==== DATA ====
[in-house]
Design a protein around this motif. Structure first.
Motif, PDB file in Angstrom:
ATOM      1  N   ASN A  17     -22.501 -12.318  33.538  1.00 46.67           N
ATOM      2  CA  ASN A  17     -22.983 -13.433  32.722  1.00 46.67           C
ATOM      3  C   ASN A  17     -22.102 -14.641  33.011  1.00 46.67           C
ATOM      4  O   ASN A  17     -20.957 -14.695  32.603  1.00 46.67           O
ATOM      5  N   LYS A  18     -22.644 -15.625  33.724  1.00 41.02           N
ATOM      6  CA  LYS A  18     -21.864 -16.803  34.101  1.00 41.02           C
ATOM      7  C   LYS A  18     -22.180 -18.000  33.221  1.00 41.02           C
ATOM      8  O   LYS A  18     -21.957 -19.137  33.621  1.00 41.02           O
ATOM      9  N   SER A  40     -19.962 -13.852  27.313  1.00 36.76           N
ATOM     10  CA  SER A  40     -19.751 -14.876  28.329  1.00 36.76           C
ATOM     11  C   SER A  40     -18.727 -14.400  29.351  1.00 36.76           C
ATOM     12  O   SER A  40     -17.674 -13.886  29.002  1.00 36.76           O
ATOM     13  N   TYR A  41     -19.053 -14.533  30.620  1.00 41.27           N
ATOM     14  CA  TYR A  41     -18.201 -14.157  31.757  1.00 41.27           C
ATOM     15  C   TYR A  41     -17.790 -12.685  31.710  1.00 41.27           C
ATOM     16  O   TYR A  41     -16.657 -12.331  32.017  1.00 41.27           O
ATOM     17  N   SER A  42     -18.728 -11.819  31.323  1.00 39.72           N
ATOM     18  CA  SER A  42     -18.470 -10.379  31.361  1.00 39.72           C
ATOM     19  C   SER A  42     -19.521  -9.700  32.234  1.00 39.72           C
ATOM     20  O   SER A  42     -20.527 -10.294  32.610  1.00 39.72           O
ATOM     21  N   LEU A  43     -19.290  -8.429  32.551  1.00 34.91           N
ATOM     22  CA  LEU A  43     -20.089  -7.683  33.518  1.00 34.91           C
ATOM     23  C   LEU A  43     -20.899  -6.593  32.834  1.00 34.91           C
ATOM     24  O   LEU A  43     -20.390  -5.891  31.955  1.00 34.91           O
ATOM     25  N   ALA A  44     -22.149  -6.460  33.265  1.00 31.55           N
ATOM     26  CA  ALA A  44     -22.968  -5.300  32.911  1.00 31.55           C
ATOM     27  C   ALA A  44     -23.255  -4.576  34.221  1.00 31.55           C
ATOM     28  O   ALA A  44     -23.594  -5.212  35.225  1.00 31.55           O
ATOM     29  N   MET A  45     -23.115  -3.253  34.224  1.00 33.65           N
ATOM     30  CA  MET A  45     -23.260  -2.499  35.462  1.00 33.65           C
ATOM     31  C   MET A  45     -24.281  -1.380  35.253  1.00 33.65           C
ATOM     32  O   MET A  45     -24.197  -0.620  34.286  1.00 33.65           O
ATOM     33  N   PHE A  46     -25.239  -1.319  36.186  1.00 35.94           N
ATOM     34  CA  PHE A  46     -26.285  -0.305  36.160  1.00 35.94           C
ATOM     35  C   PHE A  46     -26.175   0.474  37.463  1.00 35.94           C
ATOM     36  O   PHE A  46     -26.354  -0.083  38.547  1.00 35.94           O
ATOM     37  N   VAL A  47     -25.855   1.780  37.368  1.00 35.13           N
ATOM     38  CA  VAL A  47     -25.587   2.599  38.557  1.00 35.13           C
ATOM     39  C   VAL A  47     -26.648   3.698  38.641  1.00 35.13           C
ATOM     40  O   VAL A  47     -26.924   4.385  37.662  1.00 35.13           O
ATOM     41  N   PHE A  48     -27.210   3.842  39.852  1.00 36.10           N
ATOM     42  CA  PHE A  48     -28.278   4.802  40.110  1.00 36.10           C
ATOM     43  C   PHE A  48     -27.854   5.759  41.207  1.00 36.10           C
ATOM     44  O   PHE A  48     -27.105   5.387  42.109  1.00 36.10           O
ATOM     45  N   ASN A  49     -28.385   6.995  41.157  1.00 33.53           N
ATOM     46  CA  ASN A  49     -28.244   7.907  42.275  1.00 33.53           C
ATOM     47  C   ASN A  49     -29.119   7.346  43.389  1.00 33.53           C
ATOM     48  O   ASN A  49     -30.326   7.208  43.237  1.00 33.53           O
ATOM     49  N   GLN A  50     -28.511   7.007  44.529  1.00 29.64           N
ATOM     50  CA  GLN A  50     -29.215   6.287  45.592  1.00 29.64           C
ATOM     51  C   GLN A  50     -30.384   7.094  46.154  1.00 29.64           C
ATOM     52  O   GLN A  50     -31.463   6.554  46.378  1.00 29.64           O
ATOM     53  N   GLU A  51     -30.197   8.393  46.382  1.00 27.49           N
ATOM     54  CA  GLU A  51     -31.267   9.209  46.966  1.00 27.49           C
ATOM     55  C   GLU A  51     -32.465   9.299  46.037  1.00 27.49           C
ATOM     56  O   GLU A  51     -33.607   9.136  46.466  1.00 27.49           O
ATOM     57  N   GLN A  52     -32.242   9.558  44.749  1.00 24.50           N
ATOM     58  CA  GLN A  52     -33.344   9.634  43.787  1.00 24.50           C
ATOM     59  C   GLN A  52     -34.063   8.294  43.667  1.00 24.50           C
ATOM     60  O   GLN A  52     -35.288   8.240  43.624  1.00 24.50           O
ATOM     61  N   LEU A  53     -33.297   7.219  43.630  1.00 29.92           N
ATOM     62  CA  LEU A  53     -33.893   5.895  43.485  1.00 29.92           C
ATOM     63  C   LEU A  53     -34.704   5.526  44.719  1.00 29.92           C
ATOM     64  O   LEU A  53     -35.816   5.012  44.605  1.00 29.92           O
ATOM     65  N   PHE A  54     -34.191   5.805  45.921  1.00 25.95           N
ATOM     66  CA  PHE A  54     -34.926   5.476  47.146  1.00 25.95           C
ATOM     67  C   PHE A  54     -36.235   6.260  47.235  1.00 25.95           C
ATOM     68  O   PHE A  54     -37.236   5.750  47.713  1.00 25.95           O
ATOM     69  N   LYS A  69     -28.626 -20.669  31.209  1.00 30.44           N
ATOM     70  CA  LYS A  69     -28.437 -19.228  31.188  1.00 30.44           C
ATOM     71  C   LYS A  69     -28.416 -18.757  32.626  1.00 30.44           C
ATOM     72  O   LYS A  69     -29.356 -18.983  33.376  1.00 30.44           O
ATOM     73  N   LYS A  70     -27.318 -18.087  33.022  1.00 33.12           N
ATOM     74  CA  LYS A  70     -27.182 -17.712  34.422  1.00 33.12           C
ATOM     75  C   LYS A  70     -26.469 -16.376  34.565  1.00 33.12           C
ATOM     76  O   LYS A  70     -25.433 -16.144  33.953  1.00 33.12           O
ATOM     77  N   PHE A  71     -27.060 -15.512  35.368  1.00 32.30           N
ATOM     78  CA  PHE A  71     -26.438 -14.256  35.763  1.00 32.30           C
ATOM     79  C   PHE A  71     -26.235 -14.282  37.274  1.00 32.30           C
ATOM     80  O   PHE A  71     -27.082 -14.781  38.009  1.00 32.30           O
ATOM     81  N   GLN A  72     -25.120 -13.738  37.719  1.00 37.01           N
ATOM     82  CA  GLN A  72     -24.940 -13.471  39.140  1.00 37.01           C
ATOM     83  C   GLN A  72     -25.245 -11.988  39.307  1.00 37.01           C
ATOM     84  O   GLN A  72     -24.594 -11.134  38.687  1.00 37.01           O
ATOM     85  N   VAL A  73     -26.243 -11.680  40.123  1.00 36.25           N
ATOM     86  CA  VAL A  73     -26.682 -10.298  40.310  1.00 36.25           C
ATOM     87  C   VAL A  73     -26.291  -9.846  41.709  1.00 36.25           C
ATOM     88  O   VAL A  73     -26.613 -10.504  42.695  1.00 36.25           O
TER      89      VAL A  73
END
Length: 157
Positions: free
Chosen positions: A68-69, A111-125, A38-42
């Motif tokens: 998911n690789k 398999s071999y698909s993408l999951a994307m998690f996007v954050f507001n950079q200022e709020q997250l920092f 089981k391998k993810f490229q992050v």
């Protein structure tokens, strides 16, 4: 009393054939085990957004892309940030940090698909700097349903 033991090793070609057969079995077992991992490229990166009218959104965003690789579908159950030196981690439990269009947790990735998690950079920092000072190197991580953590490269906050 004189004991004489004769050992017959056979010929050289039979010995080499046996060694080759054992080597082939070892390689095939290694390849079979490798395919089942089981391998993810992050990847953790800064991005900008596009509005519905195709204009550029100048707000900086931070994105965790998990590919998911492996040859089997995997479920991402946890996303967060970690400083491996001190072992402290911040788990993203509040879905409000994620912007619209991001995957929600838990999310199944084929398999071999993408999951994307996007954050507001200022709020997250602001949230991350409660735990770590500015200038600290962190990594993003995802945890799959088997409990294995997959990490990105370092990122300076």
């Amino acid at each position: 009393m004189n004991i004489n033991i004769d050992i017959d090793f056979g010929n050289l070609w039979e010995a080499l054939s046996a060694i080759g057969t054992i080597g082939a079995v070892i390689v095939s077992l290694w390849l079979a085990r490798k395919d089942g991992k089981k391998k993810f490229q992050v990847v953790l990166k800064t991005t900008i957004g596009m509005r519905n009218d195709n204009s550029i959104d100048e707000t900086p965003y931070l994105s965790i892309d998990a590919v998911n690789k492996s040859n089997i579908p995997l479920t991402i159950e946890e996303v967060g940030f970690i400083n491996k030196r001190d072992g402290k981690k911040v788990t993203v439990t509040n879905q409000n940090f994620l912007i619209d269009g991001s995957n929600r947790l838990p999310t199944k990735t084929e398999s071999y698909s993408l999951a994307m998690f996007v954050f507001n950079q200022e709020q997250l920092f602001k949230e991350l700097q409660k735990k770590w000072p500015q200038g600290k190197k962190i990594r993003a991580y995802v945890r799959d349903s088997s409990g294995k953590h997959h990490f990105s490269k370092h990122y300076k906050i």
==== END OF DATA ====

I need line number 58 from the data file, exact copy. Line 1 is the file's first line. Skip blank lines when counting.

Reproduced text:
ATOM     55  C   GLU A  51     -32.465   9.299  46.037  1.00 27.49           C